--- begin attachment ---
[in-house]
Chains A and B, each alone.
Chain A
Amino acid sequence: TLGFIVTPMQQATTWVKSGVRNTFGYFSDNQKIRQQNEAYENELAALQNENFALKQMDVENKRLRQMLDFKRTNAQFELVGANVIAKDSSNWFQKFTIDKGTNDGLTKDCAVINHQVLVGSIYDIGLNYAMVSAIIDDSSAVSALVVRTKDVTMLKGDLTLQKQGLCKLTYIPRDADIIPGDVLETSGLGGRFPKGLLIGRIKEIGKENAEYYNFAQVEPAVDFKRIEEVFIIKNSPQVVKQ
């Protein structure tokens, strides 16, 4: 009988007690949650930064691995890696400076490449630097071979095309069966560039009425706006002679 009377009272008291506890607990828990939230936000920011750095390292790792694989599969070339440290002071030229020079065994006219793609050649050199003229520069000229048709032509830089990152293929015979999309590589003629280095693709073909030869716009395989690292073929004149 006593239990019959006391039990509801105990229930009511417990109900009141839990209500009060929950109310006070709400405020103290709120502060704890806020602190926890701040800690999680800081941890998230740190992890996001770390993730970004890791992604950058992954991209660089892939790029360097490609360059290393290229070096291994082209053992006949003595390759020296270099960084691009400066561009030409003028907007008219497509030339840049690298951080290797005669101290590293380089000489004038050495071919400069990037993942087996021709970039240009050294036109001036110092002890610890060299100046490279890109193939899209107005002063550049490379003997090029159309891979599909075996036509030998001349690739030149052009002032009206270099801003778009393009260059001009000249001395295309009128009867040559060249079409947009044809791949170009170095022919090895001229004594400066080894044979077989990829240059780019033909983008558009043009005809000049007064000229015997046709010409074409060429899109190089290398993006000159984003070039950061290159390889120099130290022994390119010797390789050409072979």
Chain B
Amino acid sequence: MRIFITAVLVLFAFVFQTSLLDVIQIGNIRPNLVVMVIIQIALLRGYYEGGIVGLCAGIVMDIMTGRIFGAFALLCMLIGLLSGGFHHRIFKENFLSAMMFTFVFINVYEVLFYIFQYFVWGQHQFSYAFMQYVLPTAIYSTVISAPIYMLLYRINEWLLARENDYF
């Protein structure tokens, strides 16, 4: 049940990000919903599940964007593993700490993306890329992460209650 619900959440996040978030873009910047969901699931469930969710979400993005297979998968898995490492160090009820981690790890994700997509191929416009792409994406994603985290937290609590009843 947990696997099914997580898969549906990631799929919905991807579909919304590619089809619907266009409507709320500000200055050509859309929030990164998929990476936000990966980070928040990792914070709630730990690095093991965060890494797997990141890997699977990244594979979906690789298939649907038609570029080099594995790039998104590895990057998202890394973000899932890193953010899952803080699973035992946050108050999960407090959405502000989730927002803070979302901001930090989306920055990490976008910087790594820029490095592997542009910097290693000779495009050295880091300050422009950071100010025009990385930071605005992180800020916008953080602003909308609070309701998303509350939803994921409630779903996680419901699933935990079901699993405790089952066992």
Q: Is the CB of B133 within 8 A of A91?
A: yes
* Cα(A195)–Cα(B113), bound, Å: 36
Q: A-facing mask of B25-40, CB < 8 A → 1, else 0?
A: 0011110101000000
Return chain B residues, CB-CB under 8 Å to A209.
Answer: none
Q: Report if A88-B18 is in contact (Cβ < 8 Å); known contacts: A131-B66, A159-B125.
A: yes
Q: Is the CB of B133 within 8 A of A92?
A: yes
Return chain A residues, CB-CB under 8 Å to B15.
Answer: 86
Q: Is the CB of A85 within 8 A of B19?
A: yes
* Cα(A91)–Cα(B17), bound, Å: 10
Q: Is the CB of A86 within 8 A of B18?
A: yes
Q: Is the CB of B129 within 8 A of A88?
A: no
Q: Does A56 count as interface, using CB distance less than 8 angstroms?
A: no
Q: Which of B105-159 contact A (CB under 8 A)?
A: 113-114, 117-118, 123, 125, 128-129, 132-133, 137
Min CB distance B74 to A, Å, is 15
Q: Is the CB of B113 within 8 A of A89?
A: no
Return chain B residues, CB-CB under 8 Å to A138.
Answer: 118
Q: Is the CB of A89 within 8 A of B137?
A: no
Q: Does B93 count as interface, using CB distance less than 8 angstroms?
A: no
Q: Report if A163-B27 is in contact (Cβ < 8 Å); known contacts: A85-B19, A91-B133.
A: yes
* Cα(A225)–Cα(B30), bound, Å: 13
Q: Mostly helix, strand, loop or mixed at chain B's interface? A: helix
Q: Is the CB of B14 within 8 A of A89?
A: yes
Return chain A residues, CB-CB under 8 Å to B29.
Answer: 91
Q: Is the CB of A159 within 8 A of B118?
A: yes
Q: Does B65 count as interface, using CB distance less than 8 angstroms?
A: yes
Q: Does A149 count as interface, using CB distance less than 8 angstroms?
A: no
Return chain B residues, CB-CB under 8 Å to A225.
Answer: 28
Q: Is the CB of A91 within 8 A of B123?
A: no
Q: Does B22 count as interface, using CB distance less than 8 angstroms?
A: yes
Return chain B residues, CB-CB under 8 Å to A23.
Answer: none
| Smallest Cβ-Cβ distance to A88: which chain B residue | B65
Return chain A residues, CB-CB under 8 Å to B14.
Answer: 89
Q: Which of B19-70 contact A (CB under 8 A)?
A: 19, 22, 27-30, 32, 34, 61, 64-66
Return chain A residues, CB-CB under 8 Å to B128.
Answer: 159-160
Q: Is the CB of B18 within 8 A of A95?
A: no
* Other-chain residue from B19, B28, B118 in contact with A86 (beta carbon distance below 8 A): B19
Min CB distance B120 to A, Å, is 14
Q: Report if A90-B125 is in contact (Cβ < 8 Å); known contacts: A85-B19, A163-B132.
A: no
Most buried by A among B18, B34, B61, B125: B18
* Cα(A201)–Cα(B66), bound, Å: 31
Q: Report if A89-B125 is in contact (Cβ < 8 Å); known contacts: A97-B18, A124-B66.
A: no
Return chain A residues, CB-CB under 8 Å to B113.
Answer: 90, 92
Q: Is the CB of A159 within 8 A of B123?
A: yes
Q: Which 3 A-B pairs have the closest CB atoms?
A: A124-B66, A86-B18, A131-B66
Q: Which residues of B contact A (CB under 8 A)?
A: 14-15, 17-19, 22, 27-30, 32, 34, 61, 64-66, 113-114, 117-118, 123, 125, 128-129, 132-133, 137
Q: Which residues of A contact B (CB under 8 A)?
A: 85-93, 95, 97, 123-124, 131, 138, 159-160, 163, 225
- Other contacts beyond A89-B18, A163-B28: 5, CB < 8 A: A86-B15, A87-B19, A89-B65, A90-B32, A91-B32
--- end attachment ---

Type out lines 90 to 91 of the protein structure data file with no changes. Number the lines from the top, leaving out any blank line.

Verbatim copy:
A: 85-93, 95, 97, 123-124, 131, 138, 159-160, 163, 225
- Other contacts beyond A89-B18, A163-B28: 5, CB < 8 A: A86-B15, A87-B19, A89-B65, A90-B32, A91-B32